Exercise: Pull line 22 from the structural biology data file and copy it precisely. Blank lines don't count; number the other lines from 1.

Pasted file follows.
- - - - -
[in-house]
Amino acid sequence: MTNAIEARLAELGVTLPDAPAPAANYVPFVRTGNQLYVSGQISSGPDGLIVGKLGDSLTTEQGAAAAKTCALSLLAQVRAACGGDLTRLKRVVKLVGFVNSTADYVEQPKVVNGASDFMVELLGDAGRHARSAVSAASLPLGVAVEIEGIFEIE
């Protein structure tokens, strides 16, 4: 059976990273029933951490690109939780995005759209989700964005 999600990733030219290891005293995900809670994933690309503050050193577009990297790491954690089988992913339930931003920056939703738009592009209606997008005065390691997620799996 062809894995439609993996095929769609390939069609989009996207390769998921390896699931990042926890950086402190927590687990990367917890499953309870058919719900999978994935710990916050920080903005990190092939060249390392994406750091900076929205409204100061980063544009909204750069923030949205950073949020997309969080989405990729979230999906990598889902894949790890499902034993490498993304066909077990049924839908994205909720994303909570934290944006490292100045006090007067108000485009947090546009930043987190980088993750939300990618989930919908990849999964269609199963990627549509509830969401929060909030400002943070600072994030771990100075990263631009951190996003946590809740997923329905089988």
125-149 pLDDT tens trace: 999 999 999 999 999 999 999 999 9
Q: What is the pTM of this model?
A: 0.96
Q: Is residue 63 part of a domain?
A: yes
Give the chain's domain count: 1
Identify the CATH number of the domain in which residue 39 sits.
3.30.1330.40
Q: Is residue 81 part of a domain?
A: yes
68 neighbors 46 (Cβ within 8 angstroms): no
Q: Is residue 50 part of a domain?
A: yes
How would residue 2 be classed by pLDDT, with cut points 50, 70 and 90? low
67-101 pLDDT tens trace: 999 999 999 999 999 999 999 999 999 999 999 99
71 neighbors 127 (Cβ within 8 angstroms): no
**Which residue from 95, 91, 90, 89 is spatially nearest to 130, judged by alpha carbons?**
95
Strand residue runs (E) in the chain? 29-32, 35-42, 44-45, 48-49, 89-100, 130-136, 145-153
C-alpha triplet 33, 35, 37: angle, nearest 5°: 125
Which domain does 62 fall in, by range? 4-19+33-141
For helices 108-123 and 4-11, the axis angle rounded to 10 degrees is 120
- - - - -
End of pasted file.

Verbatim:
Strand residue runs (E) in the chain? 29-32, 35-42, 44-45, 48-49, 89-100, 130-136, 145-153